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Tom Shelton Wins Extra Mile Award

April 9, 2018

Special Collections is extremely pleased to announce that Tom Shelton, Special Collections Photographs Curator, has won UTSA’s University Excellence Extra Mile Award:

The Extra Mile Award recognizes an individual with (3) three years or more of continuous service with UTSA and who has taken the initiative to contribute to the success of UTSA through his or her outstanding contributions at work.   Extra efforts demonstrated in their accomplishments, timeliness, and follow-through, willingness to help fellow employees; provide good customer service with creativity, dedication, cooperation and reliability.  He or she has performed at a level above and beyond normal job requirements that have resulted in furthering the department’s and UTSA’s goals and mission.

Standing L-R: Kristin Law, University Archivist; Melissa Gohlke, Assistant Archivist; Amber Harmon, Library Assistant; Amy Rushing, Head of Special Collections; Carlos Cortez, Library Assistant; Tom Shelton, Photographs Curator; Dean Hendrix, Dean of Libraries; Alyssa Franklin, Digitization Specialist, Juli Favor, Volunteer; Garland Davis, Ruth Lyle, Volunteer; Volunteer. Seated L-R: Shirley Montalvo, Volunteer; Leah Rios, SVREP Project Archivist; Katie Rojas, Manuscripts Archivist; Julianna Barrera-Gomez, Digital Archivist.

Several members of Special Collections have shared their thoughts about Tom and his work:

“Tom’s approach to reference is truly outstanding—beyond outstanding.  Many patrons visiting the Special Collections Library at the HemisFair Park Campus are community researchers or people with a general interest in some aspect of our city or region’s history. Oftentimes they’re not entirely sure how to communicate what sort of material they might be looking for—they have a subject interest and want to know more, or they have a specific question but aren’t sure how they’d go about researching it. Tom calmly listens to their questions, expertly pulling out further details about their interests as they talk, and then applies what I call his ‘Tom Magic.’ He hears a name, a place, a section of town, and he walks to the card catalog and begins pulling out cards, then quickly walks to the print copy section and pulls out photos of their grandparents, their old family homes, even the gas station on the corner of St. Mary’s that they remembered getting candy from as a kid. I’ve seen patrons gasp and be moved to tears as they realize he’s found a long-lost image they were only hoping they might find.”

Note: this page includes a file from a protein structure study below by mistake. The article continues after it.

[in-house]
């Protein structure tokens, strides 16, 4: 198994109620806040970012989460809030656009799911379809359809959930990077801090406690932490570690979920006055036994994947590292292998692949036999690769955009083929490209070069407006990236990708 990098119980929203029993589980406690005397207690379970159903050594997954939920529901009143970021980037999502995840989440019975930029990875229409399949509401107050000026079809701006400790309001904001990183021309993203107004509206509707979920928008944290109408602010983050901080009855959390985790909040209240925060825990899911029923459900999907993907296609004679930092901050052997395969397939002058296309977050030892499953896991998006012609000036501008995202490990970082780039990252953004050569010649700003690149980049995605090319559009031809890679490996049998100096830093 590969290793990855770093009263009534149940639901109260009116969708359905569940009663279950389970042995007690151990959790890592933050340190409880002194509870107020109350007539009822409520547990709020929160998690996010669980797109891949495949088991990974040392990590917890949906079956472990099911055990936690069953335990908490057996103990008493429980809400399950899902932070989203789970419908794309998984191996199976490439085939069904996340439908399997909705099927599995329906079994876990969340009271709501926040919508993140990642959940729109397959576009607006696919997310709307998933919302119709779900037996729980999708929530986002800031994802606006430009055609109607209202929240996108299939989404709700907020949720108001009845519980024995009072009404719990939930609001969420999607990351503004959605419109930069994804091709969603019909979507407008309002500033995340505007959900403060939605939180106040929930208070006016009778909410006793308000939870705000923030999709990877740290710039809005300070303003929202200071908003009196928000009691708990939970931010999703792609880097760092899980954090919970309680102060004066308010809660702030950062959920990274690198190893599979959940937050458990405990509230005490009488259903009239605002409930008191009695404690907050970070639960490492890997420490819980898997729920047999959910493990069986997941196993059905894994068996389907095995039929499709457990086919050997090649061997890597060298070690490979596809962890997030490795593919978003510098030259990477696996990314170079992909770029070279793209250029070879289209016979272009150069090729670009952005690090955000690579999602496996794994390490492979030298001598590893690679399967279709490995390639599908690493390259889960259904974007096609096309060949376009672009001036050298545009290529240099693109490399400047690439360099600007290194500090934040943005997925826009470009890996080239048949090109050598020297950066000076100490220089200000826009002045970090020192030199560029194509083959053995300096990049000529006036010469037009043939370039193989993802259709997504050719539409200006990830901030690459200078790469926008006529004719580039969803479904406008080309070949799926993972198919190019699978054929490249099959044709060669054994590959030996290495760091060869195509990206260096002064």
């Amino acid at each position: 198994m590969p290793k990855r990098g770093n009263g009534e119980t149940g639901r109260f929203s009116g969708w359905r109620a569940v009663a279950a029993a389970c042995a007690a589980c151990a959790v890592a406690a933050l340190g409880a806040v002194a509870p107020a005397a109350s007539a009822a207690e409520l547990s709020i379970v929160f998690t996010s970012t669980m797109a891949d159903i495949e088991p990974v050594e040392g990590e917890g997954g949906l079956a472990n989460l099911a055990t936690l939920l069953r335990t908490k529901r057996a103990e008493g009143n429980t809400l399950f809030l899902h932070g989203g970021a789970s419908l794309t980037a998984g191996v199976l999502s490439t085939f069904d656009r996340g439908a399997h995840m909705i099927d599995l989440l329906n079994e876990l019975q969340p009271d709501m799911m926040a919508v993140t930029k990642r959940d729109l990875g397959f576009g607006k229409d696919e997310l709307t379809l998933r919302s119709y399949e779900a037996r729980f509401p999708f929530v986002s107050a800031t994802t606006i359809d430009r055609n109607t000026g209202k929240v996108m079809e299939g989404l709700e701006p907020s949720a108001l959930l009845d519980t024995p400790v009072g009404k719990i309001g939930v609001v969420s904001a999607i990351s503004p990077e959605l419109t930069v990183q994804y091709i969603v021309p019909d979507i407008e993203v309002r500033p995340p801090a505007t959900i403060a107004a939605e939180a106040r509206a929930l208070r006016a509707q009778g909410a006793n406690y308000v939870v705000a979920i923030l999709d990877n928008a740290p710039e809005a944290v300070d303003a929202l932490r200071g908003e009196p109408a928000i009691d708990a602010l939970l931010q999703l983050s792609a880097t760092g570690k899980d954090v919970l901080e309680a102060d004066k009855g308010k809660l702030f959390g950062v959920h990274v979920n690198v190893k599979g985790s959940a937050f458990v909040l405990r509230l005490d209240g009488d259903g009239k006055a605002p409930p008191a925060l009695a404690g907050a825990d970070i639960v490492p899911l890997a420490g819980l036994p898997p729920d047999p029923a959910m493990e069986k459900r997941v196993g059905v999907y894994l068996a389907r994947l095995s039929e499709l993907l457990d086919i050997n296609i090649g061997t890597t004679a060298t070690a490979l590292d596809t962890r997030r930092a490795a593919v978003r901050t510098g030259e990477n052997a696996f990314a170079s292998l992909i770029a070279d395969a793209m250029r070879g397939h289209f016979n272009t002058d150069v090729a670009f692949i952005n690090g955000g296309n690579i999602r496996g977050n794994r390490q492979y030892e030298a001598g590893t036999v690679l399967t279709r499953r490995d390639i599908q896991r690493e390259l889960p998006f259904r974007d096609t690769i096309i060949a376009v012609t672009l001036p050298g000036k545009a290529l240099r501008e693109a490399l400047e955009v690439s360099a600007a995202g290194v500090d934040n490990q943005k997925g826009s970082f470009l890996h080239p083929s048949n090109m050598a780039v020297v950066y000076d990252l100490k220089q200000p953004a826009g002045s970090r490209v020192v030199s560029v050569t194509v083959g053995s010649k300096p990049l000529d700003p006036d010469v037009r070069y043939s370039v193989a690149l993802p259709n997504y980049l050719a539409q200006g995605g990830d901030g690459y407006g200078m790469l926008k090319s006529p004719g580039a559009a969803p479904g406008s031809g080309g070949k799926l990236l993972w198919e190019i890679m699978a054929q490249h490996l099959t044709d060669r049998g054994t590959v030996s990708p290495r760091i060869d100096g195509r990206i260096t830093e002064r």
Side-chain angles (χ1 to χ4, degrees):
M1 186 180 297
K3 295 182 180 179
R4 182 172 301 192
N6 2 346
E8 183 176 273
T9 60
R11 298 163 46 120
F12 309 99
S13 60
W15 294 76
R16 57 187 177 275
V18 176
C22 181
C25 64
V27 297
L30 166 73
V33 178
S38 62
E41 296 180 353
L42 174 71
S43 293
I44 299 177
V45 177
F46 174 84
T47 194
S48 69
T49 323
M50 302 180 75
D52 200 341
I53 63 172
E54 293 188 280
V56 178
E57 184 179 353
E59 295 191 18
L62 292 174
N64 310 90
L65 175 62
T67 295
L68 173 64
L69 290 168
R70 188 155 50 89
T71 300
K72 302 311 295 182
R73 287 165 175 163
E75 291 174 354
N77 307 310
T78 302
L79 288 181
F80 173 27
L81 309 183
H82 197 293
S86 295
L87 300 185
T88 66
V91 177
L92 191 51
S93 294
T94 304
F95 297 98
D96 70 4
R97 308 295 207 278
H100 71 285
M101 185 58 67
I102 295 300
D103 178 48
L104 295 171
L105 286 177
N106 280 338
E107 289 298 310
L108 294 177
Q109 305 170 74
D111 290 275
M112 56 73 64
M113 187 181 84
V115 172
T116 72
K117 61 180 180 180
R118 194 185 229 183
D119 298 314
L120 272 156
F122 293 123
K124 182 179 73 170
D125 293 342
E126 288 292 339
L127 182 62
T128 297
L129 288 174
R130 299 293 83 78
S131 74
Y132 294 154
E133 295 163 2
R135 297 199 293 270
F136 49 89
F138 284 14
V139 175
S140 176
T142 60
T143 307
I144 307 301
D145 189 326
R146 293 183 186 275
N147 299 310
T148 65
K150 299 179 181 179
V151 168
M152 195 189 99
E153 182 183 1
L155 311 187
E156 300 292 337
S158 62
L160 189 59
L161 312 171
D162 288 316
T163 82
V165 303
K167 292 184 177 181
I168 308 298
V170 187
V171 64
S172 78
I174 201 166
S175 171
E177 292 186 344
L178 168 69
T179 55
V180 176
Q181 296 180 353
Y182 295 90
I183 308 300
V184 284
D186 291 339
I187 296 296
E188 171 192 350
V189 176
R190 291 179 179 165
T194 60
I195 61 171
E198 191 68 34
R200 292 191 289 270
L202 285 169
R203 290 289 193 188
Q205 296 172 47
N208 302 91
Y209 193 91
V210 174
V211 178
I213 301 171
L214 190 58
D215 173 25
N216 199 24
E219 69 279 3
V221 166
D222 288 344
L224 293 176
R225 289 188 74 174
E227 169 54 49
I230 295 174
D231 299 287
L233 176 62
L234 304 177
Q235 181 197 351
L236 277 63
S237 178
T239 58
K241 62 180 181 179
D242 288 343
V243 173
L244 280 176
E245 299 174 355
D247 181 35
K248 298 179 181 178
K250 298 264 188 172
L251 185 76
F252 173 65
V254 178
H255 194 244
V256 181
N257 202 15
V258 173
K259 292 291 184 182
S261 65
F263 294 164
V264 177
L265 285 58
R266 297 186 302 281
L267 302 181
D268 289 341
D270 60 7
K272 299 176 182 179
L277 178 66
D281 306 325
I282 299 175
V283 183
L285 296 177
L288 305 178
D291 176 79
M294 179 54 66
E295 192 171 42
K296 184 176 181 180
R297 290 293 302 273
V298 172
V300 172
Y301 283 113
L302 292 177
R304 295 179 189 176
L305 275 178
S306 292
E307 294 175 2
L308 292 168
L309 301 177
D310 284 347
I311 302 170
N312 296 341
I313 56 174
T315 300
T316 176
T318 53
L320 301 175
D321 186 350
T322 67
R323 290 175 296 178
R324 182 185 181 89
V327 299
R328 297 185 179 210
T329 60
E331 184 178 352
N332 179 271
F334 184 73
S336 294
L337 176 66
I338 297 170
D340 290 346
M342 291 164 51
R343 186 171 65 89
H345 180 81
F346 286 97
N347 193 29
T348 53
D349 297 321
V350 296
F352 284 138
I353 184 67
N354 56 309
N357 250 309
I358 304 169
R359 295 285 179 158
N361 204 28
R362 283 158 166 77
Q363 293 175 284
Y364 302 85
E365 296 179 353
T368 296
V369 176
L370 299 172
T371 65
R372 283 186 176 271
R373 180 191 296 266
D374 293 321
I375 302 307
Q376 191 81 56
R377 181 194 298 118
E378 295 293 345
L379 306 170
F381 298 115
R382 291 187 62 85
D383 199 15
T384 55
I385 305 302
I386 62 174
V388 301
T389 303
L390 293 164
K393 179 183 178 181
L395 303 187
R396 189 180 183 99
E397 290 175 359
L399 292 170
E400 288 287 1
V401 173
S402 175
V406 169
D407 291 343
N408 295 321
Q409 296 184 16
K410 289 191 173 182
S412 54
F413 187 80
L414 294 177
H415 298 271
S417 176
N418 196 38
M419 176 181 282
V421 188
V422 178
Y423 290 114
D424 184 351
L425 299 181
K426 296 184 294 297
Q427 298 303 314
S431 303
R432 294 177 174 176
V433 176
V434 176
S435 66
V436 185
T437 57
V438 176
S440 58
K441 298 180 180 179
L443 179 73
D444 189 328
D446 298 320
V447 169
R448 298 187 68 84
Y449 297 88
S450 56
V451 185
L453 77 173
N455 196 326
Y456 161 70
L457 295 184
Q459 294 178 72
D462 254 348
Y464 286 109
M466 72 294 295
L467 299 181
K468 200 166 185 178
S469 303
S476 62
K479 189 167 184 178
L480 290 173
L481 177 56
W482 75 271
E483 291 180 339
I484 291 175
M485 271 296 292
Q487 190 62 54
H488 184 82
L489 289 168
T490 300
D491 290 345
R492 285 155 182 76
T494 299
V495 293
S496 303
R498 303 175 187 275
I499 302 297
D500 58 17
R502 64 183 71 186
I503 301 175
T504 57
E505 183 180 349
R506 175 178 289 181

“Everyone knows and loves Tom, and I can see why. He is beyond helpful. He is humble, patient, kind, and quietly tenacious. Despite being the greatest walking treasure trove of local historical knowledge, he never makes anyone feel stupid or belittled for what they don’t know. He just explains things calmly and tells you what you want to know without any fuss. He serves up just the piece of history you’re looking for with a side of southern grace and charm.”

“I’m impressed with [Tom’s] patience in responding to the constant stream of requests for photographs. He is a living repository of San Antonio history, and has sharp recall for stories of the people, places, and events from our city’s past. There are several instances when I’ve spent time researching a topic, thinking I’ve uncovered something long forgotten, only to share my findings with Tom and have him add further details from his memory of a related project he worked on many years ago. He’s a marvel and a treasure.”

“Tom has a remarkable ability to listen attentively to stories of other people’s family histories. He is also a captivating storyteller—clearly drawn from his decades of service as an unofficial historian of San Antonio and South Texas—and is surprisingly funny for such a humble and unassuming individual.”

“Our department has benefitted immensely from the meticulous work he has put into creating descriptions for photographs documenting urban renewal projects, which allows patrons in the reading room and anywhere in the world (via our digital library) to locate homes and communities that were destroyed by San Antonio’s interstates.  His ability to remember details about photographs and aspects of San Antonio history and geography make him a living database.  While he, with the help of our devoted group of volunteers, has tirelessly digitized and created metadata for thousands of photos that we can now search in our photographs database, his ability to connect with patrons and understand what they’re looking for can never be replicated.”

 

Thank you Tom, for all that you do! We are proud of you and are lucky to have you as part of the Special Collections team.

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